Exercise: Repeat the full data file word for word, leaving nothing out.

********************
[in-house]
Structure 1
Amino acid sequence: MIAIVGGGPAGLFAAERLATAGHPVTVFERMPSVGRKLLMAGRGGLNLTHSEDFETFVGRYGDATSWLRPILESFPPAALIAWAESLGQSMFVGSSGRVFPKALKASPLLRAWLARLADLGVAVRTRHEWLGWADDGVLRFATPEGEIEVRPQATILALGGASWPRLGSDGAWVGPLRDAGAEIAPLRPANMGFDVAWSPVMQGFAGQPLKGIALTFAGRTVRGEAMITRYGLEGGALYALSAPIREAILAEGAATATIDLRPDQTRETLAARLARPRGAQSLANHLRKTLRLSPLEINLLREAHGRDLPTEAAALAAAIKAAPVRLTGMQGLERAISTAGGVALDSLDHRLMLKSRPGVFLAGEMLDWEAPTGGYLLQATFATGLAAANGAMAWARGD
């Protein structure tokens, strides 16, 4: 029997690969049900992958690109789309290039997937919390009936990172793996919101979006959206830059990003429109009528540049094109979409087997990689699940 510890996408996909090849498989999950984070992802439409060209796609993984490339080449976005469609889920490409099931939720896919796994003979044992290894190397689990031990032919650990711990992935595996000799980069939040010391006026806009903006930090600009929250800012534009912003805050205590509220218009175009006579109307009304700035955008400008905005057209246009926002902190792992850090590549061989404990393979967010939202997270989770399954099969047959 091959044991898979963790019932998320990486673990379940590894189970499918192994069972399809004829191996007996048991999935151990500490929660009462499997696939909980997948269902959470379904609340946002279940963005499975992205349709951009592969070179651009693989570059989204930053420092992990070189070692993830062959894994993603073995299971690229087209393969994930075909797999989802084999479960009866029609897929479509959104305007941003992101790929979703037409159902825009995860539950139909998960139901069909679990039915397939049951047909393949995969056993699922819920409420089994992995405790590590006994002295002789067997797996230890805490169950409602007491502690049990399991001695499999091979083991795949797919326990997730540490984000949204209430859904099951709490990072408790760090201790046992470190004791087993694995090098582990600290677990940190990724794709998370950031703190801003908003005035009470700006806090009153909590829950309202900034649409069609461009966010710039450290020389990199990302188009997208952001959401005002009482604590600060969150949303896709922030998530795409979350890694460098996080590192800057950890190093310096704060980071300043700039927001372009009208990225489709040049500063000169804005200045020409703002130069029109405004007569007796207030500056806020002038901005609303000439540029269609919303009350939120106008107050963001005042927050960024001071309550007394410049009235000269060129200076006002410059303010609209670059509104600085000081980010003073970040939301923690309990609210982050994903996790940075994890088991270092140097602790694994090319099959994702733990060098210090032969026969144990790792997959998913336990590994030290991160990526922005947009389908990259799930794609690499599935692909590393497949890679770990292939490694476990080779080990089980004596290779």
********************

[in-house]
Structure 1
Amino acid sequence: MIAIVGGGPAGLFAAERLATAGHPVTVFERMPSVGRKLLMAGRGGLNLTHSEDFETFVGRYGDATSWLRPILESFPPAALIAWAESLGQSMFVGSSGRVFPKALKASPLLRAWLARLADLGVAVRTRHEWLGWADDGVLRFATPEGEIEVRPQATILALGGASWPRLGSDGAWVGPLRDAGAEIAPLRPANMGFDVAWSPVMQGFAGQPLKGIALTFAGRTVRGEAMITRYGLEGGALYALSAPIREAILAEGAATATIDLRPDQTRETLAARLARPRGAQSLANHLRKTLRLSPLEINLLREAHGRDLPTEAAALAAAIKAAPVRLTGMQGLERAISTAGGVALDSLDHRLMLKSRPGVFLAGEMLDWEAPTGGYLLQATFATGLAAANGAMAWARGD
């Protein structure tokens, strides 16, 4: 029997690969049900992958690109789309290039997937919390009936990172793996919101979006959206830059990003429109009528540049094109979409087997990689699940 510890996408996909090849498989999950984070992802439409060209796609993984490339080449976005469609889920490409099931939720896919796994003979044992290894190397689990031990032919650990711990992935595996000799980069939040010391006026806009903006930090600009929250800012534009912003805050205590509220218009175009006579109307009304700035955008400008905005057209246009926002902190792992850090590549061989404990393979967010939202997270989770399954099969047959 091959044991898979963790019932998320990486673990379940590894189970499918192994069972399809004829191996007996048991999935151990500490929660009462499997696939909980997948269902959470379904609340946002279940963005499975992205349709951009592969070179651009693989570059989204930053420092992990070189070692993830062959894994993603073995299971690229087209393969994930075909797999989802084999479960009866029609897929479509959104305007941003992101790929979703037409159902825009995860539950139909998960139901069909679990039915397939049951047909393949995969056993699922819920409420089994992995405790590590006994002295002789067997797996230890805490169950409602007491502690049990399991001695499999091979083991795949797919326990997730540490984000949204209430859904099951709490990072408790760090201790046992470190004791087993694995090098582990600290677990940190990724794709998370950031703190801003908003005035009470700006806090009153909590829950309202900034649409069609461009966010710039450290020389990199990302188009997208952001959401005002009482604590600060969150949303896709922030998530795409979350890694460098996080590192800057950890190093310096704060980071300043700039927001372009009208990225489709040049500063000169804005200045020409703002130069029109405004007569007796207030500056806020002038901005609303000439540029269609919303009350939120106008107050963001005042927050960024001071309550007394410049009235000269060129200076006002410059303010609209670059509104600085000081980010003073970040939301923690309990609210982050994903996790940075994890088991270092140097602790694994090319099959994702733990060098210090032969026969144990790792997959998913336990590994030290991160990526922005947009389908990259799930794609690499599935692909590393497949890679770990292939490694476990080779080990089980004596290779």